MORE than six out of 10 of the 500 looked-after young people who left school in 2002 failed to gain any award in Standard grade English and mathematics, a survey by Audit Scotland has revealed.
Councils have been under Scottish Executive pressure for the past two years to do far more for looked-after children but policies have yet to translate into leaving results. Some 37 per cent of leavers managed passes in English and maths, with 237 achieving at least one pass at Standard grade.
Success rates vary across the country. Highland had more than 70 per cent achieving Standard grades in English and maths against 20 per cent in North Lanarkshire.
This is the first time information on the educational attainment of looked-after children has been collected by the public spending watchdog.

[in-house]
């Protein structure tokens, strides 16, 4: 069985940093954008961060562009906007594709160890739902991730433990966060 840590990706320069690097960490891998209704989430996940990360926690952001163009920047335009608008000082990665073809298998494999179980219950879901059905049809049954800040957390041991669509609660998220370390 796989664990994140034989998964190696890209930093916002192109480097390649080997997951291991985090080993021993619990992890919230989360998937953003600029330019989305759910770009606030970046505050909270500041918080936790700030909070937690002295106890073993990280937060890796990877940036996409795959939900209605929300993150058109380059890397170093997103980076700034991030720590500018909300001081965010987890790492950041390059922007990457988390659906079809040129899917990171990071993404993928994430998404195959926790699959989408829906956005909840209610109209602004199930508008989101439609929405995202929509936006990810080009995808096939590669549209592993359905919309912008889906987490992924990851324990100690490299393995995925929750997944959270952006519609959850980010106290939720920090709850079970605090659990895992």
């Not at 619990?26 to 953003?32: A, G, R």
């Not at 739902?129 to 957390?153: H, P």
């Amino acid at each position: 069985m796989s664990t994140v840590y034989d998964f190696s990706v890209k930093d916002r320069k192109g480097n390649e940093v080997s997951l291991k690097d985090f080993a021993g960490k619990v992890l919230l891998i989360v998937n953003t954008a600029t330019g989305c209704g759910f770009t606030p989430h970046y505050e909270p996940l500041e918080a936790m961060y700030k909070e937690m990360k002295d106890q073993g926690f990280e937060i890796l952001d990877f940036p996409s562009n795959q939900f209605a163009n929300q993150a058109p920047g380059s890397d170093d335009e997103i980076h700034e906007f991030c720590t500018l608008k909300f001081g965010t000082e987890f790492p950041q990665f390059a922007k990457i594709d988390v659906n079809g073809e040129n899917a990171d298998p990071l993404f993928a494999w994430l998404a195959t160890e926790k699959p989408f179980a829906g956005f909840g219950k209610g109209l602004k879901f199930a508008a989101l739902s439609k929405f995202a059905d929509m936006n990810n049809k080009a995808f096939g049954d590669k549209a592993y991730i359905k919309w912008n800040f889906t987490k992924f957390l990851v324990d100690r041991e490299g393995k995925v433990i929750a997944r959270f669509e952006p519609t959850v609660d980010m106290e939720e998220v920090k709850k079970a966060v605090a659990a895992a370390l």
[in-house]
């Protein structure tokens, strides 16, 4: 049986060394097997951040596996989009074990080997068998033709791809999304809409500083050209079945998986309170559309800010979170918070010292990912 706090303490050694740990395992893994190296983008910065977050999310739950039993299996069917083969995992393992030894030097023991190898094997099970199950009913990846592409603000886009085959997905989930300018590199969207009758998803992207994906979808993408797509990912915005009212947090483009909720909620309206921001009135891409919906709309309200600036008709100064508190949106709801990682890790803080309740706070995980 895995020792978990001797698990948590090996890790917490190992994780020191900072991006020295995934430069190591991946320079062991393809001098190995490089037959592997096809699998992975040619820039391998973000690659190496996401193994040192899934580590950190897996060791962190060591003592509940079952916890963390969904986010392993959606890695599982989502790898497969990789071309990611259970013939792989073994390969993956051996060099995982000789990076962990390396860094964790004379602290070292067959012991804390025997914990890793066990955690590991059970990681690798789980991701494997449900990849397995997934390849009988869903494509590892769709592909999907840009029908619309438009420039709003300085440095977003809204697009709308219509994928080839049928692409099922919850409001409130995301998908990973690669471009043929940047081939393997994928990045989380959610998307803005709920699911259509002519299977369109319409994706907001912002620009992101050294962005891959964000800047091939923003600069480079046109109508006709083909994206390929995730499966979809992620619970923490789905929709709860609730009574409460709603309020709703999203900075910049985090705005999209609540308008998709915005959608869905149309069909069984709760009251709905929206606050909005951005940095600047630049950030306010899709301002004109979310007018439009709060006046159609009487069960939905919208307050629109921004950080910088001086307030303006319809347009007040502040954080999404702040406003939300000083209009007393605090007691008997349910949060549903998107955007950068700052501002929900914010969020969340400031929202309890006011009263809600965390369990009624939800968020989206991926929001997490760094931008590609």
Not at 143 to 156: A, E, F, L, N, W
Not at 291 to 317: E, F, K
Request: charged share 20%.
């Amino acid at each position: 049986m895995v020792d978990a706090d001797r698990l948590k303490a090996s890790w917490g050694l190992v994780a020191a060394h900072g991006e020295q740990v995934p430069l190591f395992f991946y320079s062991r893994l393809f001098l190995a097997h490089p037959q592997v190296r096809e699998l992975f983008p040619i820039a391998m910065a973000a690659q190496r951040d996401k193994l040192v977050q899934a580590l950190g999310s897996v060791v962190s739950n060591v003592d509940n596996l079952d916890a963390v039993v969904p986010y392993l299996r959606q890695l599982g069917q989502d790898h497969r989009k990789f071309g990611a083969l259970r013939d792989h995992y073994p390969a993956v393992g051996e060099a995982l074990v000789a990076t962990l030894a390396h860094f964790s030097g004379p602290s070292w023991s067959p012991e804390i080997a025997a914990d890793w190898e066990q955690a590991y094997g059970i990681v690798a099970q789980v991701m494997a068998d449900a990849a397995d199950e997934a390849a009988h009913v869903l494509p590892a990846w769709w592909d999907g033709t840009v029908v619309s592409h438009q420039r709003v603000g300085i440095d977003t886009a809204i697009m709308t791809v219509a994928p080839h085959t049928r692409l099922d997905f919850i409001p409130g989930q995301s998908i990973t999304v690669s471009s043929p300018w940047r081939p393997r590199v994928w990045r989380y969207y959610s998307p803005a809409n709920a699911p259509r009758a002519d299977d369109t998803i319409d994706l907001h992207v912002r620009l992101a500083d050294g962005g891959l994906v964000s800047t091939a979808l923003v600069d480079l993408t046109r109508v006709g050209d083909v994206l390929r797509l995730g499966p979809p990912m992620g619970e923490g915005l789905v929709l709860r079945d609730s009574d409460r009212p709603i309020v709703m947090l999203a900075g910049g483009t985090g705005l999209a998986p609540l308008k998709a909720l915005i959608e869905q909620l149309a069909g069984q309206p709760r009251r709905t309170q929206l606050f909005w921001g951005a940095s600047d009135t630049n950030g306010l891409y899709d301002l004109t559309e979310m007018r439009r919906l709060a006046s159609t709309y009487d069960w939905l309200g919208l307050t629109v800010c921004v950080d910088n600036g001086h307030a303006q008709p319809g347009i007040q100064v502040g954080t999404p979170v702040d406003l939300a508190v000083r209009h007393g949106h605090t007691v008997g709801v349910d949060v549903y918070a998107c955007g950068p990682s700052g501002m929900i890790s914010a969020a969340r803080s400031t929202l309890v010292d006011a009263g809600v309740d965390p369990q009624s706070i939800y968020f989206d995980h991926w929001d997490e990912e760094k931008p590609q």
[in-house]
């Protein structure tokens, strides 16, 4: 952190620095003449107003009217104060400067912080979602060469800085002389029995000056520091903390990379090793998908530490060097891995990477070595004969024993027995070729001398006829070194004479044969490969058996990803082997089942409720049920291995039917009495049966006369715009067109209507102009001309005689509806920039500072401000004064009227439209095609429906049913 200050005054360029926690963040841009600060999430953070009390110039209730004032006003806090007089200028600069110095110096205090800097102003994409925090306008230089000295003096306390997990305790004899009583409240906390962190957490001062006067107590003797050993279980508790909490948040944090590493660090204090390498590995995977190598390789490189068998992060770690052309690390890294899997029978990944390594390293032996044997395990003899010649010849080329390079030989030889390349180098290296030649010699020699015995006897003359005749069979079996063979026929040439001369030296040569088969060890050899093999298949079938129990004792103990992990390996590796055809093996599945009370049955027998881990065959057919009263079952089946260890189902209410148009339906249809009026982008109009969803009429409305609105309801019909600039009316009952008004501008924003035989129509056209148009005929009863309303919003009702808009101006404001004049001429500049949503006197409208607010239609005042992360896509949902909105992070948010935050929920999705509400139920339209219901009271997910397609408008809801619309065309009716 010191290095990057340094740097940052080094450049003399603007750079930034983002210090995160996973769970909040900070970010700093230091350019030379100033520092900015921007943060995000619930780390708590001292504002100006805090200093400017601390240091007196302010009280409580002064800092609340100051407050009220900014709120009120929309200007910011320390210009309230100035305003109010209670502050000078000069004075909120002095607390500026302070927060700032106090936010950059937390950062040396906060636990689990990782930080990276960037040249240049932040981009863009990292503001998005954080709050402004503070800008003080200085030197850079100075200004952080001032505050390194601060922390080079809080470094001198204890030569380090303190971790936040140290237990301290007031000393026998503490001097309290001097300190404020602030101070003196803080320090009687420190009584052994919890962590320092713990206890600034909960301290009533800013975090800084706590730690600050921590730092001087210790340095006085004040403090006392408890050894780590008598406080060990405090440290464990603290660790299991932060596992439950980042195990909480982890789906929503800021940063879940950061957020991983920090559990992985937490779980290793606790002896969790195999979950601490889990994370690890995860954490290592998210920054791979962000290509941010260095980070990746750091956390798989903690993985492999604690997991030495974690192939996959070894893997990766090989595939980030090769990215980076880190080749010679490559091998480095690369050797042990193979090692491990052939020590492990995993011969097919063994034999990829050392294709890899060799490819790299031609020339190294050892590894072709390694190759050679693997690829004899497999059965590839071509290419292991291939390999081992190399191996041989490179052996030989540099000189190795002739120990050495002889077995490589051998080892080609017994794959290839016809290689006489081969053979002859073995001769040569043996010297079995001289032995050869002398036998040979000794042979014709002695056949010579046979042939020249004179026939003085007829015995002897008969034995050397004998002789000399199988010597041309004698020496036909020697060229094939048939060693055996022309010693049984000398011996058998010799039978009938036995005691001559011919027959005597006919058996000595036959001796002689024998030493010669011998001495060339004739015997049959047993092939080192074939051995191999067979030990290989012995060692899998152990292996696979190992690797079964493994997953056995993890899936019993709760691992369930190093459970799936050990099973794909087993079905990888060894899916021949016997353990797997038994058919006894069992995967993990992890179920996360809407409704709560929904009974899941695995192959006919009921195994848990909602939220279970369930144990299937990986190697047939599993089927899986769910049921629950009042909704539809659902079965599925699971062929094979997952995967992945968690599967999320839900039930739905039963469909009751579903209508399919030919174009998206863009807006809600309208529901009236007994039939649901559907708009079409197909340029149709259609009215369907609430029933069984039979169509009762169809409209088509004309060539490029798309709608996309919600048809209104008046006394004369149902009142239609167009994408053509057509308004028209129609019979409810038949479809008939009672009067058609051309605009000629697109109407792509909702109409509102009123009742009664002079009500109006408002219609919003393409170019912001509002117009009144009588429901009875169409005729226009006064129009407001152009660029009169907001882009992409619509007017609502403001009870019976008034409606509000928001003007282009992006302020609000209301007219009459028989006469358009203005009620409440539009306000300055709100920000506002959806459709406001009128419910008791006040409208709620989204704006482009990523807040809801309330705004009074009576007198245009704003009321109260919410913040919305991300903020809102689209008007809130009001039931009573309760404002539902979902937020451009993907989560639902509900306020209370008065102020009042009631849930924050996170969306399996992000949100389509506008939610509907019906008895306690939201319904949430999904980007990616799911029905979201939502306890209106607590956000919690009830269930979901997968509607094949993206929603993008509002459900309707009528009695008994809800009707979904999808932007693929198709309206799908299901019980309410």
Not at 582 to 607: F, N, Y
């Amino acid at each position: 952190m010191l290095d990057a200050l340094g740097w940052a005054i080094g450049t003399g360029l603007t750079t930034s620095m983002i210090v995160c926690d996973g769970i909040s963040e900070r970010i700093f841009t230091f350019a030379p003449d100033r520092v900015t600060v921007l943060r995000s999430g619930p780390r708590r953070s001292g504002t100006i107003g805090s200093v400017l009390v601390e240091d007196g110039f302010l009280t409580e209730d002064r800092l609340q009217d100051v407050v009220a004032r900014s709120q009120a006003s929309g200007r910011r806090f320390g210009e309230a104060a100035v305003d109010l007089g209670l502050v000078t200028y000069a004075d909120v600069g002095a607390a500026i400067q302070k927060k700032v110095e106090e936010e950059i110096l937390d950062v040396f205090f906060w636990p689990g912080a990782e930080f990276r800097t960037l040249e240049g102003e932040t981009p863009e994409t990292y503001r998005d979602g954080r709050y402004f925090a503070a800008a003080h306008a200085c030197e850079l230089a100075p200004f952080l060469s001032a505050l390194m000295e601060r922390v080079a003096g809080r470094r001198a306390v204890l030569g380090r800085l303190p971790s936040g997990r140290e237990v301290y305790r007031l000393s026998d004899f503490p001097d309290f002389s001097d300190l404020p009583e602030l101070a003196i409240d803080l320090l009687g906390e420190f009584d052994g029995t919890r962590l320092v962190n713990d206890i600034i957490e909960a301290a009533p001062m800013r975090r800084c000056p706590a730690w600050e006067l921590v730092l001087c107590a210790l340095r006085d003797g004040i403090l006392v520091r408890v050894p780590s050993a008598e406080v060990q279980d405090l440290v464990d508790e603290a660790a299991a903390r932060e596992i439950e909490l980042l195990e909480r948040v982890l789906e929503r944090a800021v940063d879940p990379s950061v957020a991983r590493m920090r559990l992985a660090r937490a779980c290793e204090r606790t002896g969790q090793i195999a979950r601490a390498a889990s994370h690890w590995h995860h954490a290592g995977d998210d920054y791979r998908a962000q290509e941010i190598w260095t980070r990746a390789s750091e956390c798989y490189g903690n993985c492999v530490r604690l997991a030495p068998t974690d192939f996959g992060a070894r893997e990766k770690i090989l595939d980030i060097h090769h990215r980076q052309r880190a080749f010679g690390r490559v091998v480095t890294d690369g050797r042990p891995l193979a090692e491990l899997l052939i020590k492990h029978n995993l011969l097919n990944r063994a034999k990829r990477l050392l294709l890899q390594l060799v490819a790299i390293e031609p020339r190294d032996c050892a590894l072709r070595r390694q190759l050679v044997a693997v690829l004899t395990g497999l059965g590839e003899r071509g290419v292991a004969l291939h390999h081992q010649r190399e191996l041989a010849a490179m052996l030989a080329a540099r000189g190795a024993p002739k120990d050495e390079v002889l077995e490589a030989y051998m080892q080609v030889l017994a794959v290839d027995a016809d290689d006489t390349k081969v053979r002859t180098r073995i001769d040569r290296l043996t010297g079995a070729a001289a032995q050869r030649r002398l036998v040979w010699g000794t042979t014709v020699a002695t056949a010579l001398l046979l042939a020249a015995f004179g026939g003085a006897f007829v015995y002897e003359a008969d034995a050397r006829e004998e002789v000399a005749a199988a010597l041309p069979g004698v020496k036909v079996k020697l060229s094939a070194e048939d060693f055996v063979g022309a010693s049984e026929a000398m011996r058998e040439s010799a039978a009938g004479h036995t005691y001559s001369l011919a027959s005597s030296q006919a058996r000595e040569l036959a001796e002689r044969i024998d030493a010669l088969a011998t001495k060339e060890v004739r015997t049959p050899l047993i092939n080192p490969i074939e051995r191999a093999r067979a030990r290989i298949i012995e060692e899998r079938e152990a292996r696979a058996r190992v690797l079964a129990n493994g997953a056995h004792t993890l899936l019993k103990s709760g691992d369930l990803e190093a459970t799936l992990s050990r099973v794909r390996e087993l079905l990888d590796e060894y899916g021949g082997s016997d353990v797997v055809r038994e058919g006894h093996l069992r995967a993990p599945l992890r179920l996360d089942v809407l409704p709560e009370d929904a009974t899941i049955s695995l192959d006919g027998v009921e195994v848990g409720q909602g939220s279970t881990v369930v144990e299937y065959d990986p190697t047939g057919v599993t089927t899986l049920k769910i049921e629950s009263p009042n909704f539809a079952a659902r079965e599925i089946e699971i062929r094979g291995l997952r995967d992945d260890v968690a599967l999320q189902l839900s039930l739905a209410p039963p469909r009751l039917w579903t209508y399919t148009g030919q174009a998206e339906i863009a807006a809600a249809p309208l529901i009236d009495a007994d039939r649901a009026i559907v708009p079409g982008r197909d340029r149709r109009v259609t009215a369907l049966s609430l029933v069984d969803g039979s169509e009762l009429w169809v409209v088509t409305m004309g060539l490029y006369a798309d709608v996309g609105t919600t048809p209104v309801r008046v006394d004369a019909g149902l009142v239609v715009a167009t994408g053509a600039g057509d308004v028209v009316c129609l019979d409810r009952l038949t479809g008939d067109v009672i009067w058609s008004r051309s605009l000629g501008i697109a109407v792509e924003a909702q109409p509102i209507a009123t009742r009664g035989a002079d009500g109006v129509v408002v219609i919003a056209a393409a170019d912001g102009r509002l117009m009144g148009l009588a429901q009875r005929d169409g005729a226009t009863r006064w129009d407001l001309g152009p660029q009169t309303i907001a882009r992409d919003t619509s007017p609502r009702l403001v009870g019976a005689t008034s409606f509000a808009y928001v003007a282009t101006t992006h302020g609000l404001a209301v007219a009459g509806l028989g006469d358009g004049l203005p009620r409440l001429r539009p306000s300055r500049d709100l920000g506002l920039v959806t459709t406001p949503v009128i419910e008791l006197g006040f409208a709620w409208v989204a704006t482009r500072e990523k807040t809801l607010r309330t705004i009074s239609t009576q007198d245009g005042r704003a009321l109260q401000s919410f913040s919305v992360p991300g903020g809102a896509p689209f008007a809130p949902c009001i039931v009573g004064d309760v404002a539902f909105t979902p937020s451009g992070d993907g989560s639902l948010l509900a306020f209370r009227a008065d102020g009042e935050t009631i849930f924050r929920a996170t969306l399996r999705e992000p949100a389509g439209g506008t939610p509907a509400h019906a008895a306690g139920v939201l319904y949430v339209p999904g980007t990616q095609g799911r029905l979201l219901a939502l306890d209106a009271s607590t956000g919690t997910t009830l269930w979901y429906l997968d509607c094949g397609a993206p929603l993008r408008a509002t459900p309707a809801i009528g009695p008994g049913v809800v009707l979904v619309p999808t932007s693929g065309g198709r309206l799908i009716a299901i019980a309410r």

Among other school performance statistics, Audit Scotland, which reports to the Accounts Commission, found that just under a third of primaries were less than 60 per cent full. Four authorities - Argyll and Bute, Dundee, the Western Isles and Glasgow - have at least half their primaries under the recognised standard.
East Ayrshire, Inverclyde, Moray and South Ayrshire share problems with at least 40 per cent under-occupancy.
In contrast, Aberdeenshire, Perth and Kinross and West Lothian report that more than one in five primaries were over-occupied in 2001-2002. Edinburgh is overflowing in almost one in five.
Brian Monteith, Tory education spokesman, accused the SNP of misleading the electorate into believing class sizes could be cut to 18 when key authorities were "full to bursting with class sizes of 30". A massive amount of extra capital investment would be needed to build new classrooms under the SNP's policy, Mr Monteith said.
Audit Scotland also confirms that authorities had under 1 per cent of P1-P3 classes with more than 30 pupils in 2001-2002, against 7.2 per cent the previous year.